This is my last column for a while as I embark on another book-writing adventure. I hope to return to these pages at some point in the future, possibly with a question-and-answer column.
By November we’ve settled into our school-year routines and are stacking up firewood. Time for some musical refreshment!
As Congress moves forward on budget negotiations, the word out of Washington is to expect nothing major: no grand bargain, just more stopgap, short-term fixes. Yet there’s one ray of hope. The House and Senate chairs of the tax-writing committees, one a Republican, the other a Democrat, are preparing a comprehensive tax reform plan. They see the budget negotiations as their opportunity to enact much-needed changes to our bloated, off-kilter tax laws.
Current literature spans issues from testosterone to the reason that farmers get smarter in the wintertime. So without further ado:
May I speak honestly?” “To tell you the truth ...” “Well, to be honest ...” All of the above are phrases that make me wonder if the speaker’s preceding statements were nothing but lies. Based on one of those human interests surveys I read recently, probably about half of what we are told each day falls somewhere between misleading or just plain false. Performance evaluation workshop
I don’t know when “dysfunctional” became an adjective routinely attached to the noun “family,” but in my years of pastoral counseling the common denominator has been a complaint that “my family is so dysfunctional.” It’s led me to wonder what a functional family might be, and does anybody actually live in one? Before we get into that, it’s important to note that there are families, and family-like groups, that are habitually self-destructive, imposing serious physical and emotional damage on one another. They are not the subject of this article.
What's Up With That columnist Risk Eskil looks into the region's water system to see why some places still have old-school water towers.
The Port of Walla Walla remains committed to ensuring our region has safe and reliable access to all forms of transportation. We continue to work on four-laning U.S. Highway 12, retaining commercial air service and enhancing our rail infrastructure, which allows companies like Railex to ship Washington state produce to the East Coast in less than five days.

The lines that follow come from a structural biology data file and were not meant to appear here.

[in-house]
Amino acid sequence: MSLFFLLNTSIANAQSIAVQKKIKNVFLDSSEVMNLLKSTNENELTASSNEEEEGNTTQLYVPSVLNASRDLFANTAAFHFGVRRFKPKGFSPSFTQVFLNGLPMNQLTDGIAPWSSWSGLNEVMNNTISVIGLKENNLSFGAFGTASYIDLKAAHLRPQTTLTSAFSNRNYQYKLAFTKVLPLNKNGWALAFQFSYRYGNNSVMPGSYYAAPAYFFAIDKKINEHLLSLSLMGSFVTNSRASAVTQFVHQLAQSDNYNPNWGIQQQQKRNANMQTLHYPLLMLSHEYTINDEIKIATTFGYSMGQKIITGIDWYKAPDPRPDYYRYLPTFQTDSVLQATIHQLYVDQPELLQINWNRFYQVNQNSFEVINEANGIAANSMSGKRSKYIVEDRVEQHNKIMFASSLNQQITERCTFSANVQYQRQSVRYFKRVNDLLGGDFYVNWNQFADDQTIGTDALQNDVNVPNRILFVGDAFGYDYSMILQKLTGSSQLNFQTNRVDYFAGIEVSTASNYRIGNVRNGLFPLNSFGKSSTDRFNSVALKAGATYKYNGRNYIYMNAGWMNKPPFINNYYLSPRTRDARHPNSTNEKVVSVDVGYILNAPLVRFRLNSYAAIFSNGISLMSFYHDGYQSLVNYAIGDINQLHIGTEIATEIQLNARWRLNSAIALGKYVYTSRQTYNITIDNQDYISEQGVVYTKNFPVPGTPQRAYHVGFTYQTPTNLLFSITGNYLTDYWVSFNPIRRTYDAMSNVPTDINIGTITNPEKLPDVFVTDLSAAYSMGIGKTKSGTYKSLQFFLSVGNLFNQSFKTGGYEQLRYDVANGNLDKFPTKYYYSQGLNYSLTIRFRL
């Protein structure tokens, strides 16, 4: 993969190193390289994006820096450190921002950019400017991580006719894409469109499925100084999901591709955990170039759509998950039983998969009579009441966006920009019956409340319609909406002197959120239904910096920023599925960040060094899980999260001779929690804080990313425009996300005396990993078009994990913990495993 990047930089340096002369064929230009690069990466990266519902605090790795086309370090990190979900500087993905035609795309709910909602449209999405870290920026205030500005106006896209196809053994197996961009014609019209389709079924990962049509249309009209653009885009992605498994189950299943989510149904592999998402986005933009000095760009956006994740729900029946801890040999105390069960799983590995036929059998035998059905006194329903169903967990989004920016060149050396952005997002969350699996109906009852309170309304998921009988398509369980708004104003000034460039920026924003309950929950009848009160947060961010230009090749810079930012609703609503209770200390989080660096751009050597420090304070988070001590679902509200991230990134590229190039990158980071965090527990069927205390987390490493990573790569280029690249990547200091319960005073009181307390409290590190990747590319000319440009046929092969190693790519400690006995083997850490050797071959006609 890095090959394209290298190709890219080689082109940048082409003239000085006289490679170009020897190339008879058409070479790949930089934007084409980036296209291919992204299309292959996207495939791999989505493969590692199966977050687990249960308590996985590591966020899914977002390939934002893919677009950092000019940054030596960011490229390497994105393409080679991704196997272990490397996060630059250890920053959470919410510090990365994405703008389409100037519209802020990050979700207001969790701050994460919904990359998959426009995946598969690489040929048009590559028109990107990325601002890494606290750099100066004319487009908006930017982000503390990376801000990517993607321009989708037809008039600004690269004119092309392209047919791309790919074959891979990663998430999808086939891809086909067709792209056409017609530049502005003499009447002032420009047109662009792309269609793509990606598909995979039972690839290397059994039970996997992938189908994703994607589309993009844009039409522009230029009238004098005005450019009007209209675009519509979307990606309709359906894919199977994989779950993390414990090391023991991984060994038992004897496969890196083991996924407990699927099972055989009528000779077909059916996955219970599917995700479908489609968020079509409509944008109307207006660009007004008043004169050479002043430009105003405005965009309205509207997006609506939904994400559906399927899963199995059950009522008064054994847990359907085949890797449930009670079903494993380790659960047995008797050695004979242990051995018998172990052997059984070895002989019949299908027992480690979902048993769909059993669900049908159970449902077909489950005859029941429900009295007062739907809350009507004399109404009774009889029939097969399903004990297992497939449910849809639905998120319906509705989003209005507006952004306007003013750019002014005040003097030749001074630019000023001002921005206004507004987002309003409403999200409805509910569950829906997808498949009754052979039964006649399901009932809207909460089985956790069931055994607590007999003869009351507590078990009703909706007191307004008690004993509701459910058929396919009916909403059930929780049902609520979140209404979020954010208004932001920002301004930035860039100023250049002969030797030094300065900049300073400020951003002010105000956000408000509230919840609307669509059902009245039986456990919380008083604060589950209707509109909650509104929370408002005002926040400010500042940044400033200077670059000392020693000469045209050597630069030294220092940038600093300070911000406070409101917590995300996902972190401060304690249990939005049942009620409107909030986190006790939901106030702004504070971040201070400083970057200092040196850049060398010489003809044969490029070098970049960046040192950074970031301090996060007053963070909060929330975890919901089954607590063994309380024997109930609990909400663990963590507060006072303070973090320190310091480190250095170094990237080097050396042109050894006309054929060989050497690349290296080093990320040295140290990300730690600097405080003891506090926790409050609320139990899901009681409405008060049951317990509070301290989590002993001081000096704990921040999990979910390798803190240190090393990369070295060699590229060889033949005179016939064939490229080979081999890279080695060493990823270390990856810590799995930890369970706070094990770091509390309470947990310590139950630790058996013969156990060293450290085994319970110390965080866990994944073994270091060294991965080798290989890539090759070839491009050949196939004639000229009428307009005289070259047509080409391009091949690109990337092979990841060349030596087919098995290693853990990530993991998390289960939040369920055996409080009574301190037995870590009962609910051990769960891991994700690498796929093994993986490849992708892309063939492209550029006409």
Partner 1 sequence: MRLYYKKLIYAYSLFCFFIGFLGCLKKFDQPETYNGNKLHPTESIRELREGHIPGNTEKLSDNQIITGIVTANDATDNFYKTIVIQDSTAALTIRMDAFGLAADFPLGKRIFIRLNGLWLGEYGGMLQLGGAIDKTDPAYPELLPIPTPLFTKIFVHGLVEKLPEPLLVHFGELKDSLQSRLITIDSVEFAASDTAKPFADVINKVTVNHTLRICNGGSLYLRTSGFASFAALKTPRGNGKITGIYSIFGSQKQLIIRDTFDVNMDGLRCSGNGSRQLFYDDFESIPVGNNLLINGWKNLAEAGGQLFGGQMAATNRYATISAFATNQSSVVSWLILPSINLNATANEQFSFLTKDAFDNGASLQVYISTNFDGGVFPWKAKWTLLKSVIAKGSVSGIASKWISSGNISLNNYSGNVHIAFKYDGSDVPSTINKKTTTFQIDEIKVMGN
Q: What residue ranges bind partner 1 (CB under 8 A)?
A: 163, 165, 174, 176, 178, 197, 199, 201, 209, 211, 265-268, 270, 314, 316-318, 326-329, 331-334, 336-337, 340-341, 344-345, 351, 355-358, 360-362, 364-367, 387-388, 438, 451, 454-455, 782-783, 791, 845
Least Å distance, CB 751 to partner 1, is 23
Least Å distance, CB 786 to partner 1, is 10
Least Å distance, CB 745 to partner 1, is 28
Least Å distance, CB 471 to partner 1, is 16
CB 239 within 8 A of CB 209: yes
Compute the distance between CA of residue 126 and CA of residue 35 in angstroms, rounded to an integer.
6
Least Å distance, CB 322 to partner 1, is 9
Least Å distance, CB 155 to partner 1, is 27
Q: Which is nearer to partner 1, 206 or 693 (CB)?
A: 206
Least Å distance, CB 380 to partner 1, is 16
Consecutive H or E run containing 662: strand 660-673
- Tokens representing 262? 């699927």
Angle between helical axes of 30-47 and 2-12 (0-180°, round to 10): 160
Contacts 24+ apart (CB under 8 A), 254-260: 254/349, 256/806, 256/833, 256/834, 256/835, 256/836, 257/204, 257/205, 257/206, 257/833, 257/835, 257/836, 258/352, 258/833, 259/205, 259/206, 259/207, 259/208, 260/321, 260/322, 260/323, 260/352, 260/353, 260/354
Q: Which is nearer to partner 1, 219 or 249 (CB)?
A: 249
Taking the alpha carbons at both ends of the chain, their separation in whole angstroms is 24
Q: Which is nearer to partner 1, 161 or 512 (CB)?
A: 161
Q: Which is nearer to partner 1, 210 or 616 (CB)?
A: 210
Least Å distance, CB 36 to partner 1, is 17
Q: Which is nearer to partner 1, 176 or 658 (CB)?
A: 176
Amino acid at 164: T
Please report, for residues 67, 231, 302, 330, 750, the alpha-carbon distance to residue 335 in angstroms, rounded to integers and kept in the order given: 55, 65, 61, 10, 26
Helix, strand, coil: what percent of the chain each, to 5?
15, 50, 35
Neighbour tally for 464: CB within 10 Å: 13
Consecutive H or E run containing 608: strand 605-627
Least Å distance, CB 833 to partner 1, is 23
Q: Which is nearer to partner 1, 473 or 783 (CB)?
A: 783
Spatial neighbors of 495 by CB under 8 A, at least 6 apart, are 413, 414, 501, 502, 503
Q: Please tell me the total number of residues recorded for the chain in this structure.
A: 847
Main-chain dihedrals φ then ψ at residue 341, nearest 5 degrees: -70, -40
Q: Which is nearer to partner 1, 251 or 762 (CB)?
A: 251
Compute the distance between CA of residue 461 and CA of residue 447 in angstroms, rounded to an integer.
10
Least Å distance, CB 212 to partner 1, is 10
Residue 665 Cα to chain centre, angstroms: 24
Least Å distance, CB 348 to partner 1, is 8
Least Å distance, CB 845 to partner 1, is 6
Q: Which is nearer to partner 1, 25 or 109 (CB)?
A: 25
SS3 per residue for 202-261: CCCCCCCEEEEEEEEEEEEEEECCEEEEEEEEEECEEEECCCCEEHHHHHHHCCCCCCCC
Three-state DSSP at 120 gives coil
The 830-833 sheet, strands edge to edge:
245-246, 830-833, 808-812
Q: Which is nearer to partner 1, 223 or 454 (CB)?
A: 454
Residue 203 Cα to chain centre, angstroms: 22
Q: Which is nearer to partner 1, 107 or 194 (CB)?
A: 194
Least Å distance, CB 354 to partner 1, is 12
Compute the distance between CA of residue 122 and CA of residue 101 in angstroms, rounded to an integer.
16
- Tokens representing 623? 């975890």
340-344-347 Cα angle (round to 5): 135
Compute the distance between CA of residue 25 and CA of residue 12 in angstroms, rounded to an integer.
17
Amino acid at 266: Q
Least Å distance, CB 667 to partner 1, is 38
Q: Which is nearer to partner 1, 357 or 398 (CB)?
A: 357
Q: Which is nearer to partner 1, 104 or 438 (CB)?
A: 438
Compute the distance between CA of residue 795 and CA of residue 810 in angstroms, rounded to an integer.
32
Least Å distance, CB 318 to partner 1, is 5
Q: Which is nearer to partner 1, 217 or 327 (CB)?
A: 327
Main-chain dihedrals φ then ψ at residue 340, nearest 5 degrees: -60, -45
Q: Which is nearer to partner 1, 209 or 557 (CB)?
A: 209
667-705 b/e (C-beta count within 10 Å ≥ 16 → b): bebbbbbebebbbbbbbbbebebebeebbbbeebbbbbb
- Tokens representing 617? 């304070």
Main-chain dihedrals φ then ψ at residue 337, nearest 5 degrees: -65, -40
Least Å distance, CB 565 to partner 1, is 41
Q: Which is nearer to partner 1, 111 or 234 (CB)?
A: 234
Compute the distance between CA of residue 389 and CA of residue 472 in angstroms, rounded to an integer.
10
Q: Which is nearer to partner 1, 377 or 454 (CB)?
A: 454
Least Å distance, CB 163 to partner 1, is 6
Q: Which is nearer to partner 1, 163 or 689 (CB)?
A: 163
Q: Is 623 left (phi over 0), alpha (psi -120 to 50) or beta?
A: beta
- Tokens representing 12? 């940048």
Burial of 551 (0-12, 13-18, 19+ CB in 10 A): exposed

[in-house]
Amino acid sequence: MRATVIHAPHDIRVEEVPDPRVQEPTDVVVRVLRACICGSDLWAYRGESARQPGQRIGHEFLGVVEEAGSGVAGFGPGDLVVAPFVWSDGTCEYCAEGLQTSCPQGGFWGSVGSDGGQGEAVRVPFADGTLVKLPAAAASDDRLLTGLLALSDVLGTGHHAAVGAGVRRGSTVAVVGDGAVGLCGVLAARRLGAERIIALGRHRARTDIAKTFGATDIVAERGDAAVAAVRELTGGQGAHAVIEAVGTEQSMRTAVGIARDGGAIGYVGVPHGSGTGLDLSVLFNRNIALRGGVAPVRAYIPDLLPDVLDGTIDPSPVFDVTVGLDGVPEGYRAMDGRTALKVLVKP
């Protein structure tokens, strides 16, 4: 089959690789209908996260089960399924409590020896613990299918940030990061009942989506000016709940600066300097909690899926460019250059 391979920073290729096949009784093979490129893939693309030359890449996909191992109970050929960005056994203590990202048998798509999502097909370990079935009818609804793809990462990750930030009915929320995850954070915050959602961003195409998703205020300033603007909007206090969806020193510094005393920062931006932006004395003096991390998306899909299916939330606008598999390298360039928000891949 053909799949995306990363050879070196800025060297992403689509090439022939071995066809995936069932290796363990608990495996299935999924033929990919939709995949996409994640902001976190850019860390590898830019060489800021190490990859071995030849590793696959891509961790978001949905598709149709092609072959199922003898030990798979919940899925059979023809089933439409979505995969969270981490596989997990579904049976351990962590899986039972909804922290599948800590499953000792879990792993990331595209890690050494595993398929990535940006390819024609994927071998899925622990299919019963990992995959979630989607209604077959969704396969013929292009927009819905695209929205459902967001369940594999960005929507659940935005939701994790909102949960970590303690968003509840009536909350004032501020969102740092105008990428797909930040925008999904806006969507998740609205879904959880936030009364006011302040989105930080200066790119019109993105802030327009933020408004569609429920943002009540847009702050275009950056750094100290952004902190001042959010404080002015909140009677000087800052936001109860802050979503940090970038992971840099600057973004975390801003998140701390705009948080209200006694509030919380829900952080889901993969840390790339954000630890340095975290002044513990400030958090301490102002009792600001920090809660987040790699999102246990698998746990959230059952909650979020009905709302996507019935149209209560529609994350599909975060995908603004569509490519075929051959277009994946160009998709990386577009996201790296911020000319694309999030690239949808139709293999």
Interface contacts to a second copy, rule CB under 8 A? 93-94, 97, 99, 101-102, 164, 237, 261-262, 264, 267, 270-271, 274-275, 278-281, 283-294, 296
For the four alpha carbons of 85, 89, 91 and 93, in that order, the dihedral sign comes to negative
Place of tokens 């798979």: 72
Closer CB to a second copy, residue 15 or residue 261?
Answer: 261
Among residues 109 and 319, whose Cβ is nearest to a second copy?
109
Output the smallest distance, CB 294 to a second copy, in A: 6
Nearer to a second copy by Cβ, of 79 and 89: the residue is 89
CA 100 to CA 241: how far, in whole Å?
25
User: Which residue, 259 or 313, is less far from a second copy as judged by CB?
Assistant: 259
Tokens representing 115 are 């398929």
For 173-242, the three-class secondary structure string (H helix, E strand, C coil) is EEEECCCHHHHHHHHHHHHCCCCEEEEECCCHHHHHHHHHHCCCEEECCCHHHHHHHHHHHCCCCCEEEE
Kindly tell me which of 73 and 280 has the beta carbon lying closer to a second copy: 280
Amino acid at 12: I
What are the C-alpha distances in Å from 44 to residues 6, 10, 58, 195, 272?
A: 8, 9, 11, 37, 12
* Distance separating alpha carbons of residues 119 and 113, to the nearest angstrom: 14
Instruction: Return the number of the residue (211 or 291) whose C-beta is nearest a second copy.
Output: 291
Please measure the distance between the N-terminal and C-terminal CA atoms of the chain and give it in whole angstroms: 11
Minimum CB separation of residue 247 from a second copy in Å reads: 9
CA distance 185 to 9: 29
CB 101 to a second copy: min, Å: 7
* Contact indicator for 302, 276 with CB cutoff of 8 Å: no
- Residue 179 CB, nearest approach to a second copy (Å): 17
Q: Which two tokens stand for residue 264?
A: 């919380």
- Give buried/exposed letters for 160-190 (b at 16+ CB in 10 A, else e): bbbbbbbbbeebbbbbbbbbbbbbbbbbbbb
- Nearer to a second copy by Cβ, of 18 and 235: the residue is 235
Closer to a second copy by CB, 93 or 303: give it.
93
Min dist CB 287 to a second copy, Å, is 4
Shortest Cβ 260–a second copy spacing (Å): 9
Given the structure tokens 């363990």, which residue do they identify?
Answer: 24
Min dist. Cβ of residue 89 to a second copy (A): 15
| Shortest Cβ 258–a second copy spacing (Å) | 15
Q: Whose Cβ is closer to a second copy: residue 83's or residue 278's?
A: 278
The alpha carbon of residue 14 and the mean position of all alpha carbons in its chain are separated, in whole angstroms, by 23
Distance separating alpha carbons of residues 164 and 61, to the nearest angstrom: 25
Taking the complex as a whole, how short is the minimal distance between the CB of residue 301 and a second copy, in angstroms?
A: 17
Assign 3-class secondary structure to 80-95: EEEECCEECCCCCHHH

Rep. Tom Foley wasn’t a politician, he was a lawmaker with great political skills.
The day Elvis died, John’s fate was sealed. He made the mistake of singing Elvis hits off and on through the workday. John had a good voice and his co-workers (including me) enjoyed the musical interludes in our day. He sang tunes he knew we liked and stopped the moment we heard footsteps in the office hallway. On the whole he was a fun, helpful and popular employee.
I believe in zombies. A zombie is physically identical to a normal human being, but lacks consciousness. Zombies look like us, but “all is dark inside.” Doctors of philosophy have been writing papers about zombies and consciousness since 1974. The figure of the zombie, however, appeared as early as the 1929 novel “The Magic Island” by William Seabrook. In 1932, Victor Halperin directed “White Zombie,” a horror film starring Bela Lugosi. But zombies have been with us for thousands of years. They walk among us today.
I’ll never forget the moment in Walla Walla’s Green Gables Bed and Breakfast, when William Cope Moyers and I were struggling to find a way to end his memoir, a book we’d been working on for almost three years.
In August I introduced you to comet ISON. In the last two months we have learned much more about the comet.
Intuition rejects any notion that colon cancer is related to exercise. The only way to exercise a colon is a five-course meal or a double serving of frijoles. Colon cancer seems obviously caused by carcinogens that come in direct contact with the bowel wall. Well, that is part of the story.
As soon as I became consistent in how I applied rules and expectations my dog Charlie became a good dog. It wasn’t a coincidence. He could finally see a pattern and could predict my reaction to his behavior. Charlie is my first dog and it took me a while to realize that the “trial and error” method to setting expectations for Charlie wasn’t working. I didn’t know what I should expect from him when I brought him home so I stayed flexible and accommodating. I wanted him be happy; he had been living a rough life scavenging and I was ready to pamper him. My approach couldn’t have been more wrong. Charlie’s sense of security comes from a predictable routine; no surprises, no changes. A few clear rules and boundaries and he is a happy dog. This isn’t to say that he doesn’t misbehave; he knows exactly how long he can bark at a cat before he gets the “no barking” command.
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